What is GDPR?

A brief overview of the forthcoming data protection changes

May 25th, 2018 will see a seismic shift in data protection with businesses in the UK required to comply with a whole raft of new regulations.  General Data Protection Regulation (GDPR) will replace the current Data Protection Act (DPA) and seeks to unify data regulations within the EU whilst giving the man and woman in the street greater control over their personal information.

It should be noted although GDPR is an EU initiative Brexit will not affect the introduction of the new regulations into the UK.

gdpr eu initiative

What will change?

GDPR will greatly increase scope, accountability and liability compared to the existing DPA regulations.  Businesses need to be aware of several major changes and, though May 2018 is still far on the horizon, it makes sense to begin preparing for the switch as soon as possible.


One of the biggest changes from DPA is GDPR will apply not only to all businesses inside the European Union, including the UK, but also to organisations elsewhere in the world which process the information of EU citizens.

The new regulations, which will be standardised throughout Europe, will be administered by a new Supervisory Authority in each country.

Under GDPR there will be an absolute requirement for consent to be given for all data collection with comprehensive and transparent privacy notices to ensure people are fully aware of what they are opting in for.  Crucially, the business must be able to prove consent was given.

gdpr opt in privacy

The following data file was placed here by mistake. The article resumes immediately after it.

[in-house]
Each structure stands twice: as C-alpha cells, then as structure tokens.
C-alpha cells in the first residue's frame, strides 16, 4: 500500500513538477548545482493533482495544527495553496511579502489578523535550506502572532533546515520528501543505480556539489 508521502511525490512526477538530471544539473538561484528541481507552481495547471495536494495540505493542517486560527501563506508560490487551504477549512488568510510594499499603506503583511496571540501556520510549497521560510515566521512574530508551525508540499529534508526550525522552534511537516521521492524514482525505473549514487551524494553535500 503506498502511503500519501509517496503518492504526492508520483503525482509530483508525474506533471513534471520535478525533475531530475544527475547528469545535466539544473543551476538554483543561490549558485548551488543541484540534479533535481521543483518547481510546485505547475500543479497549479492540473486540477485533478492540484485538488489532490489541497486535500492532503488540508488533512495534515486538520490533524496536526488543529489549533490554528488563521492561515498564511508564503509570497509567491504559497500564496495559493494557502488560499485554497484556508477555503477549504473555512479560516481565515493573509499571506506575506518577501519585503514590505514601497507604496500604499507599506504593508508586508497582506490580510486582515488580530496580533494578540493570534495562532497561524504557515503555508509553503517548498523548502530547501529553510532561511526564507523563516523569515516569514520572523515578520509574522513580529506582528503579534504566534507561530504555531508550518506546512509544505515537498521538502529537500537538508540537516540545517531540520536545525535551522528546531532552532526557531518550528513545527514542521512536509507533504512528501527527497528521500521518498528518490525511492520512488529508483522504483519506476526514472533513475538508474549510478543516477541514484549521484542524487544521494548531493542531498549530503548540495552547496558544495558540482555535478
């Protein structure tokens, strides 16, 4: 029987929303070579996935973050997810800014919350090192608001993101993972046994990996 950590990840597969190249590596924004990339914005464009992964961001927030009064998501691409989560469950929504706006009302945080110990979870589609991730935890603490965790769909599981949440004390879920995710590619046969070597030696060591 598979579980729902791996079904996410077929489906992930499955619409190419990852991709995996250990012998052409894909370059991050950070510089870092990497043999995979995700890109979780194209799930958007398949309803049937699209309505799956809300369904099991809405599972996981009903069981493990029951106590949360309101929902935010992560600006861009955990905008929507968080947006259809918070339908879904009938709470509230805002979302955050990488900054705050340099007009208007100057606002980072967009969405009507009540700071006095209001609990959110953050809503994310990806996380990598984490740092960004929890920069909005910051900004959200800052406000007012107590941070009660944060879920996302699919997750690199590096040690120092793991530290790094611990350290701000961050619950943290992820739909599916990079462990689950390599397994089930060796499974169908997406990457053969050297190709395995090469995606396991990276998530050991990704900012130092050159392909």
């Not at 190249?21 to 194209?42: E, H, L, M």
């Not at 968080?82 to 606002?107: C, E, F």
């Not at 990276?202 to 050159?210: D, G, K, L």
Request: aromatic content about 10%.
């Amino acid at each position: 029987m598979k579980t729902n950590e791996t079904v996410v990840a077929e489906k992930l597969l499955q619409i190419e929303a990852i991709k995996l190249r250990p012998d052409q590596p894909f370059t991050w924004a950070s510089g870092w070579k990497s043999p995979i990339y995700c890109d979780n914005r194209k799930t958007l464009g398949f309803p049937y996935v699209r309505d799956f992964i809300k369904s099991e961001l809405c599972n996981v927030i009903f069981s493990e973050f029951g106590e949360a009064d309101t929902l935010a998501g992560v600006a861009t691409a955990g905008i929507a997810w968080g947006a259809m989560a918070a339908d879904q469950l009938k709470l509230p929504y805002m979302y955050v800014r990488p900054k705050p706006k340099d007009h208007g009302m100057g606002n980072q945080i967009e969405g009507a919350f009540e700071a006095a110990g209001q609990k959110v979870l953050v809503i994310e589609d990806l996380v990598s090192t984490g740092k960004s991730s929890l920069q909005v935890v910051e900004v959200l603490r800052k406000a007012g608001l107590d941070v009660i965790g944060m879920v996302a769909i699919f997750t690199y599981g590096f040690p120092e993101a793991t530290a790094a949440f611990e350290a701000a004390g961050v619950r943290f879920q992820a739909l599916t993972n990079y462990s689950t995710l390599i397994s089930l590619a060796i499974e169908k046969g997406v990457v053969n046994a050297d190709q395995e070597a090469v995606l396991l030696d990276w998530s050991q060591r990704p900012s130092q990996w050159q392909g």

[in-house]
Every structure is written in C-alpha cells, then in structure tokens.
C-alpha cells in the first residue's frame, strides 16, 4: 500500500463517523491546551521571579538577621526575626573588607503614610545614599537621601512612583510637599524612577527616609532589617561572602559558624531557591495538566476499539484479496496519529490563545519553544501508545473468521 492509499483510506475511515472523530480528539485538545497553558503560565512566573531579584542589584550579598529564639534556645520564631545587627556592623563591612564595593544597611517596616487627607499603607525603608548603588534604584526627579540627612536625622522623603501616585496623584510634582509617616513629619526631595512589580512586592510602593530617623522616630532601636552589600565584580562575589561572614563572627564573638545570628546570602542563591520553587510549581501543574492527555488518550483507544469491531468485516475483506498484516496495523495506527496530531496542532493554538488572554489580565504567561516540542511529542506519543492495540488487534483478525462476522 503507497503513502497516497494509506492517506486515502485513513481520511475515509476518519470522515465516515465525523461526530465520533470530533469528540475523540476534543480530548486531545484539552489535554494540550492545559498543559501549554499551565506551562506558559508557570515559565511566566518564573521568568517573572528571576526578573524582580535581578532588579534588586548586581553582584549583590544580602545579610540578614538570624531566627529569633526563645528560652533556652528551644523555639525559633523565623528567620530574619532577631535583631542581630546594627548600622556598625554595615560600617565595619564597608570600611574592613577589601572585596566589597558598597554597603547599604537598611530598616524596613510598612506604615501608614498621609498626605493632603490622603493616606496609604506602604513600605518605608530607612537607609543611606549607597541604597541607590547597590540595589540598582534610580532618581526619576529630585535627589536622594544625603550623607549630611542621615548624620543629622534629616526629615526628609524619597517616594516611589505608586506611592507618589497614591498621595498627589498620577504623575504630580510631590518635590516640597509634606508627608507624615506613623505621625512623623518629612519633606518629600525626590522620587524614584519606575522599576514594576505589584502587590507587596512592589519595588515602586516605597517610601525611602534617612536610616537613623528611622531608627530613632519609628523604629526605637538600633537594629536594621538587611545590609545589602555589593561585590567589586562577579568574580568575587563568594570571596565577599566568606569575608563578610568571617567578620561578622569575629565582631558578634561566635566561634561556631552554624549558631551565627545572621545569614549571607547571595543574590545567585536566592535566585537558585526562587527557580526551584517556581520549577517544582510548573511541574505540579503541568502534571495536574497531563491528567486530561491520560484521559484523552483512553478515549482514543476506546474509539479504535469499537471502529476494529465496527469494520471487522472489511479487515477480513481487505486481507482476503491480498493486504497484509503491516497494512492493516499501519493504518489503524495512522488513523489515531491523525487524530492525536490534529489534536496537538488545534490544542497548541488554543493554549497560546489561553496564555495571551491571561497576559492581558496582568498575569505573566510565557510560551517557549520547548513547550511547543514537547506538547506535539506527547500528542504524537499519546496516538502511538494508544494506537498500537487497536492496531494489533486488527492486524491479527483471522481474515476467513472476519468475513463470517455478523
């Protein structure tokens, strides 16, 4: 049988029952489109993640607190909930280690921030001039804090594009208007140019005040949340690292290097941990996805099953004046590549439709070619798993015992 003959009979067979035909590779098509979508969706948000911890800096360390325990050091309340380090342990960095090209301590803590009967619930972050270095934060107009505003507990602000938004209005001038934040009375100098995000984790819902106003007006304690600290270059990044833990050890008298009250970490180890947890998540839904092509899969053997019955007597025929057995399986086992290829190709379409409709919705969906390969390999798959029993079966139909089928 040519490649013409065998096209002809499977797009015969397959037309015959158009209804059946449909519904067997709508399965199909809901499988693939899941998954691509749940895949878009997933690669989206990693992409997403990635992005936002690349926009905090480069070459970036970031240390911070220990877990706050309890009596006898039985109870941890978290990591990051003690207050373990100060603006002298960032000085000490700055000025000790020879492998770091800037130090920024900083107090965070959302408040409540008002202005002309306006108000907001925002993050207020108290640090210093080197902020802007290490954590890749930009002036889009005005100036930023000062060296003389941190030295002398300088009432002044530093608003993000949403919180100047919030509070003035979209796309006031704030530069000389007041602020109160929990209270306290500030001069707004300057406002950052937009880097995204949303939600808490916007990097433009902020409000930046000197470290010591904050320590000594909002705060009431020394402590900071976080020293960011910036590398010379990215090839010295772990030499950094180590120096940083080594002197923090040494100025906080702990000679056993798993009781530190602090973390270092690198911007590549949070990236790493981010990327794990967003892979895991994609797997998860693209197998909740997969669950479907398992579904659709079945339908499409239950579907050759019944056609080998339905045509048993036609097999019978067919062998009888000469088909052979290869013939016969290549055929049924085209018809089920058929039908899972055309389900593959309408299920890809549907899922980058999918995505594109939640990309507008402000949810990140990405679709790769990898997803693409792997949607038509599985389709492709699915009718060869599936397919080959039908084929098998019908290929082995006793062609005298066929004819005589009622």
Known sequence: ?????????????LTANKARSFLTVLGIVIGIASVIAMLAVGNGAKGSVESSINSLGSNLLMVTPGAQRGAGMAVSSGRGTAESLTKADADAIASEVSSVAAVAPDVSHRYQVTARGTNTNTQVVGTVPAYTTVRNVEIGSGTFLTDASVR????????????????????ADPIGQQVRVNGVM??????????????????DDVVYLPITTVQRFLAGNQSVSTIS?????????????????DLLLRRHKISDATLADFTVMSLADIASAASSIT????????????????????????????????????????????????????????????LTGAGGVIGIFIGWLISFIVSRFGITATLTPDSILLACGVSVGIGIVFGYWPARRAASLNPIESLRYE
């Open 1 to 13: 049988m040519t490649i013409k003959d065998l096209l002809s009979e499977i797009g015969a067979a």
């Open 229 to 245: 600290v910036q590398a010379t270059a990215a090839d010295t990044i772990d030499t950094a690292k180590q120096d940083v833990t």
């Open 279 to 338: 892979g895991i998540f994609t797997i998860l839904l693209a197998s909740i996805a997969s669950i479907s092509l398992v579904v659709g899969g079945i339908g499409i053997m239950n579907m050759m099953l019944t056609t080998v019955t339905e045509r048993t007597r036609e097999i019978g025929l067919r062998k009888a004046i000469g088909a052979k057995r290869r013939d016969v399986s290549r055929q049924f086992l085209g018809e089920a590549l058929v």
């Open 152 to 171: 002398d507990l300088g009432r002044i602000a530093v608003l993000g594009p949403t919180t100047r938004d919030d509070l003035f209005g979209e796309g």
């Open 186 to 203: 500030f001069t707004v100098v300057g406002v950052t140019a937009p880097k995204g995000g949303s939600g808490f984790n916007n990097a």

It is this principle of consent which is fundamental to GDPR.  It will be a legal requirement that any data breeches be notified to the Supervisory Authority within 72 hours; again a significant departure from DPA which only encouraged such notifications to be made.


The accountability principles within GDPR places the onus of compliance squarely on the shoulders of individual businesses.  Each business must be able to demonstrate they comply with the regulations and it is their responsibility alone to ensure they do so.

Being able to demonstrate compliance with GDPR will be a major task for businesses of all sizes.  Some key areas will be:

  • The business must put in place appropriate staff training and carry out internal audits and reviews
  • Must provide transparent privacy policies
  • Maintain records of processing activities
  • Carry out Data Protection Impact Assessments


The new Supervisory Authority will have enhanced powers to impose far greater financial penalties for non-compliance or breeches of the regulations.  Under DPA firms could be fined up to £500,000 or 1% of annual turnover.  However, under GDPR those penalties significantly increase to fines of up to €20million or 4% of the businesses global turnover.

Those potential penalties should galvanise every business to ensure they meet the compliance criteria for GDPR.

Keep up to date with GDPR with Ebuyer

In the coming months, leading up to May 2018, we will running a series of articles on the Ebuyer blog building on this introduction to GDPR.  In the meantime, more information General Data Protection Regulation is available from the Information Commissioner’s Office.

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